Today is the anniversary of the signing of the first International Telegraph Convention and the creation of the International Telecommunication Union. The day has been marked as the World Telecommunication and Information Society Day (WTISD), the purpose of which is to help raise awareness of the possibilities that the use of the Internet and other information and communication technologies (ICT) can bring to societies and economies, as well as of ways to bridge the digital divide.

The theme for this year’s, World Telecommunication and Information Society Day is “Better life in rural communities with ICTs”, which was adopted by ITU Council in 2009 and follows up on the theme for 2010: “Better city, better life with ICTs”.  ICTs are increasingly in demand to meet the Millennium Development Goals. In the rural context, ICTs provide enhanced opportunities to generate income and combat poverty, hunger, ill health and illiteracy.

Half of the world’s population lives in rural districts and far-flung communities. These three billion people represent the poorer, less educated, and more deprived people of the world. As many as 70 per cent of the developing world’s 1.4 billion extremely poor people live in rural areas. They are also among the least connected to the benefits of ICTs. It is no surprise that their poverty, ill health and illiteracy are connected to a lack of ICTs.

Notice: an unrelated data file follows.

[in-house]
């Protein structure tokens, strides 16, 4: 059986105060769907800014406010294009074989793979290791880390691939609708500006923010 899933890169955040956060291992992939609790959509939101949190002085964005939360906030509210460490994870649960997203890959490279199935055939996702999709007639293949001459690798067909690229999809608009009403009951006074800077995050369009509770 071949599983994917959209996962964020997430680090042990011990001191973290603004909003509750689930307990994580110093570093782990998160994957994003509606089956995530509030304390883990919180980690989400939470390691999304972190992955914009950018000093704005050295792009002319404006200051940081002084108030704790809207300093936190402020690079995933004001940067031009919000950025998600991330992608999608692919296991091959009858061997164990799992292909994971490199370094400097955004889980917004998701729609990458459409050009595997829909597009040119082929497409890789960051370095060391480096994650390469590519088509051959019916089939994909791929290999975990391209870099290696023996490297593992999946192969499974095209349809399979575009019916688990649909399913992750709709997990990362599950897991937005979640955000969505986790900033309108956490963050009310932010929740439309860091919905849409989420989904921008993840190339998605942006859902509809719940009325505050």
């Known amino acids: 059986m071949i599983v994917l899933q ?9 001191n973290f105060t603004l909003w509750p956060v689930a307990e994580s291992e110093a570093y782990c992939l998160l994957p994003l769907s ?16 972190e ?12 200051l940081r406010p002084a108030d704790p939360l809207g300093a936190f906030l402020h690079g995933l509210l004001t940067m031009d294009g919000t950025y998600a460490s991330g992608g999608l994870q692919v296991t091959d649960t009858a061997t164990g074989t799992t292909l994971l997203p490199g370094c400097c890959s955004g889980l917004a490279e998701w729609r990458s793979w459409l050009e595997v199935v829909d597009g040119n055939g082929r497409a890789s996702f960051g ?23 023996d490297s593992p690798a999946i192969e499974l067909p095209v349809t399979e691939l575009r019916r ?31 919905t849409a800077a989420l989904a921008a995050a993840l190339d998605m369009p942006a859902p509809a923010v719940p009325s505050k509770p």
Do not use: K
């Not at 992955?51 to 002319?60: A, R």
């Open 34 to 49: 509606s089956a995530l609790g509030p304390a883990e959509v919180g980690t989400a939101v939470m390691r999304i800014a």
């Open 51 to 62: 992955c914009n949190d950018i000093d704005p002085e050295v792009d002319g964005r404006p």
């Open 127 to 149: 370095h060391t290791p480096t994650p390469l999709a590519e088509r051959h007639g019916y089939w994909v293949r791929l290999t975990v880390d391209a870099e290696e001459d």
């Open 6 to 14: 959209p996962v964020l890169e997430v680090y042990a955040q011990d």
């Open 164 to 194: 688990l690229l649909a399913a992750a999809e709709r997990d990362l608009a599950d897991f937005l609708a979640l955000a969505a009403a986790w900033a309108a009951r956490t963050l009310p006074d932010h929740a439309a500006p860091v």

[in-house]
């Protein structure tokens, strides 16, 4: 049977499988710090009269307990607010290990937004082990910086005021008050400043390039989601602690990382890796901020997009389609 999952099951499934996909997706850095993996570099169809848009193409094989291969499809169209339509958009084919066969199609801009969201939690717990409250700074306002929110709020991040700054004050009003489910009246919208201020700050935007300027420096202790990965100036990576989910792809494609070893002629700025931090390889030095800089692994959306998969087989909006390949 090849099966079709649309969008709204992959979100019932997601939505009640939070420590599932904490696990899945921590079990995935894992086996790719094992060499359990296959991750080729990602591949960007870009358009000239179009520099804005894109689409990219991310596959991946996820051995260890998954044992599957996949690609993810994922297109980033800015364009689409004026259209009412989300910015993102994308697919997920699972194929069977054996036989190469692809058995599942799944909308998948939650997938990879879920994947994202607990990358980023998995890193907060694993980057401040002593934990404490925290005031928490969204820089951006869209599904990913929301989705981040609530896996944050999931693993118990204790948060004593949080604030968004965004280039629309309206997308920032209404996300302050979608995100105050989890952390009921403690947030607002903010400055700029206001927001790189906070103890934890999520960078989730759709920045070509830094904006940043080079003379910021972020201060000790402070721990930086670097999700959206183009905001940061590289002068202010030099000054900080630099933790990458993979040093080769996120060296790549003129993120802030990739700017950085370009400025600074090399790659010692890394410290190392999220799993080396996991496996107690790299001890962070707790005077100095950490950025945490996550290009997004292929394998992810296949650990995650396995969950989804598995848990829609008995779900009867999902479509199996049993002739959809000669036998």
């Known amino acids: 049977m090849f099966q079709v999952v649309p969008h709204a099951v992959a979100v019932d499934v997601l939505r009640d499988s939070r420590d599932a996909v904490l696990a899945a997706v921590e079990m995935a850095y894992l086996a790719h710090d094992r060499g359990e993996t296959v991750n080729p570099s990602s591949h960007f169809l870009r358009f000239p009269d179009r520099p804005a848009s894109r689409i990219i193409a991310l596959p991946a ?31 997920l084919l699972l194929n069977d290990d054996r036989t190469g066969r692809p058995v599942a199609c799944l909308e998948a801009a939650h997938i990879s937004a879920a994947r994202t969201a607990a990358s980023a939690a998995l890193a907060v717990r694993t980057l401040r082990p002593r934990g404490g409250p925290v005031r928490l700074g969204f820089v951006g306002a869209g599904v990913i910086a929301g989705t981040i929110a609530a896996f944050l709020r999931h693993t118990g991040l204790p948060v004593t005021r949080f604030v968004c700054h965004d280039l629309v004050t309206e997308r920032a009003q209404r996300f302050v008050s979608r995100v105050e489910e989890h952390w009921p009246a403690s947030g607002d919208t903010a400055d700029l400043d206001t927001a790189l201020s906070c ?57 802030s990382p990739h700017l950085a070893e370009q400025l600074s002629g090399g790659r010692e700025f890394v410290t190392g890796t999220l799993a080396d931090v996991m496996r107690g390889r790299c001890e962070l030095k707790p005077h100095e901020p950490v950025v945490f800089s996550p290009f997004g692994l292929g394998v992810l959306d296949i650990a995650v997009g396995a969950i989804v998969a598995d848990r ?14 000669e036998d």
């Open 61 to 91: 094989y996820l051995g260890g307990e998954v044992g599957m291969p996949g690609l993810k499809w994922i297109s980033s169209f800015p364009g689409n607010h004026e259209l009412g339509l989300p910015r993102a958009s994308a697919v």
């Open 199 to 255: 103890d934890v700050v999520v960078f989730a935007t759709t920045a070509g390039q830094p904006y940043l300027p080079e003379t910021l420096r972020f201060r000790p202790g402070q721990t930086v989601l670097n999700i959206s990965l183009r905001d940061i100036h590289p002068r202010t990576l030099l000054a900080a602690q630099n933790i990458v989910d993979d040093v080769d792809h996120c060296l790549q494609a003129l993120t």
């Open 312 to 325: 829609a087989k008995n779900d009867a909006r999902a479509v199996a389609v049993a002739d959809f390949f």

The Internet began in 1969 as a small though initially costly project backed by the United States Government. It was then called the ARPANET because the agency that developed the system was called the Advanced Research Projects Agency (ARPA). The original network began with four users. By 1994, the Internet had 4 million hosts.  By September 2009 there were 1.73 billion Internet users worldwide, with 1.4 billion e-mail users worldwide, and on average they collectively sent 247 billion e-mails per day. Unfortunately 200 billion of those were spam e-mails! As of December 2009, there were 234 million websites. It is estimated that in May 2011, the estimated number of unique individuals who will use the Internet, in all countries combined, is 2.06 billion.